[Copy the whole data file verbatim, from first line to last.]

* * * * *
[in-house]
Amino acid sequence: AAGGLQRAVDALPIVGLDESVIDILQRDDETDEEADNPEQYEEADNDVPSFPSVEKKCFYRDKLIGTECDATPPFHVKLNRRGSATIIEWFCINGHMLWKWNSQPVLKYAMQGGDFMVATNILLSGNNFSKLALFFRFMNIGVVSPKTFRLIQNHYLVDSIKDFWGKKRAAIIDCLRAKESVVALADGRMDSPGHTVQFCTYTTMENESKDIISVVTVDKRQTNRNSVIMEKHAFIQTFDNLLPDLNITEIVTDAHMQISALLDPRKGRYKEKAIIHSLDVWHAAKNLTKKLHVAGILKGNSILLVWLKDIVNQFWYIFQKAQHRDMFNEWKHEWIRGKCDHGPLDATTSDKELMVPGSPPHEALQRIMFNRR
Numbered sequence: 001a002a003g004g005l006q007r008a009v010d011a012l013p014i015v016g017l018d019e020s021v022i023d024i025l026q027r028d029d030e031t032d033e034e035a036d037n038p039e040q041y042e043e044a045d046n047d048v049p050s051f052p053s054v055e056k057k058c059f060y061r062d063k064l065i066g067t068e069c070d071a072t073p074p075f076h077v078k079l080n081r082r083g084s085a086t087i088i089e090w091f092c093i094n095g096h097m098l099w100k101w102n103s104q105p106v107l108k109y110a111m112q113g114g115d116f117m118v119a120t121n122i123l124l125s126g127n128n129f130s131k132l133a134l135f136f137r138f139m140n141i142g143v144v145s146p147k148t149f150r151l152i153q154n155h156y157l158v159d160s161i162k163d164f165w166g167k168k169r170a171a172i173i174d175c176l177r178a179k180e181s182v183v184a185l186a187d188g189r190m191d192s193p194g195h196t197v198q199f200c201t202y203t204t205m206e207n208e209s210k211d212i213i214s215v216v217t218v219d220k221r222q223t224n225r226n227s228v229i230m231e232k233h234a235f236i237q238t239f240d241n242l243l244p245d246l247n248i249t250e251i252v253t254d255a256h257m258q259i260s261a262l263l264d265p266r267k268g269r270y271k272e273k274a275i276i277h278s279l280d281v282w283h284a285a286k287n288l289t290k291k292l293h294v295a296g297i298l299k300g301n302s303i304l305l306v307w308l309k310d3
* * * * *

[in-house]
Amino acid sequence: AAGGLQRAVDALPIVGLDESVIDILQRDDETDEEADNPEQYEEADNDVPSFPSVEKKCFYRDKLIGTECDATPPFHVKLNRRGSATIIEWFCINGHMLWKWNSQPVLKYAMQGGDFMVATNILLSGNNFSKLALFFRFMNIGVVSPKTFRLIQNHYLVDSIKDFWGKKRAAIIDCLRAKESVVALADGRMDSPGHTVQFCTYTTMENESKDIISVVTVDKRQTNRNSVIMEKHAFIQTFDNLLPDLNITEIVTDAHMQISALLDPRKGRYKEKAIIHSLDVWHAAKNLTKKLHVAGILKGNSILLVWLKDIVNQFWYIFQKAQHRDMFNEWKHEWIRGKCDHGPLDATTSDKELMVPGSPPHEALQRIMFNRR
Numbered sequence: 001a002a003g004g005l006q007r008a009v010d011a012l013p014i015v016g017l018d019e020s021v022i023d024i025l026q027r028d029d030e031t032d033e034e035a036d037n038p039e040q041y042e043e044a045d046n047d048v049p050s051f052p053s054v055e056k057k058c059f060y061r062d063k064l065i066g067t068e069c070d071a072t073p074p075f076h077v078k079l080n081r082r083g084s085a086t087i088i089e090w091f092c093i094n095g096h097m098l099w100k101w102n103s104q105p106v107l108k109y110a111m112q113g114g115d116f117m118v119a120t121n122i123l124l125s126g127n128n129f130s131k132l133a134l135f136f137r138f139m140n141i142g143v144v145s146p147k148t149f150r151l152i153q154n155h156y157l158v159d160s161i162k163d164f165w166g167k168k169r170a171a172i173i174d175c176l177r178a179k180e181s182v183v184a185l186a187d188g189r190m191d192s193p194g195h196t197v198q199f200c201t202y203t204t205m206e207n208e209s210k211d212i213i214s215v216v217t218v219d220k221r222q223t224n225r226n227s228v229i230m231e232k233h234a235f236i237q238t239f240d241n242l243l244p245d246l247n248i249t250e251i252v253t254d255a256h257m258q259i260s261a262l263l264d265p266r267k268g269r270y271k272e273k274a275i276i277h278s279l280d281v282w283h284a285a286k287n288l289t290k291k292l293h294v295a296g297i298l299k300g301n302s303i304l305l306v307w308l309k310d3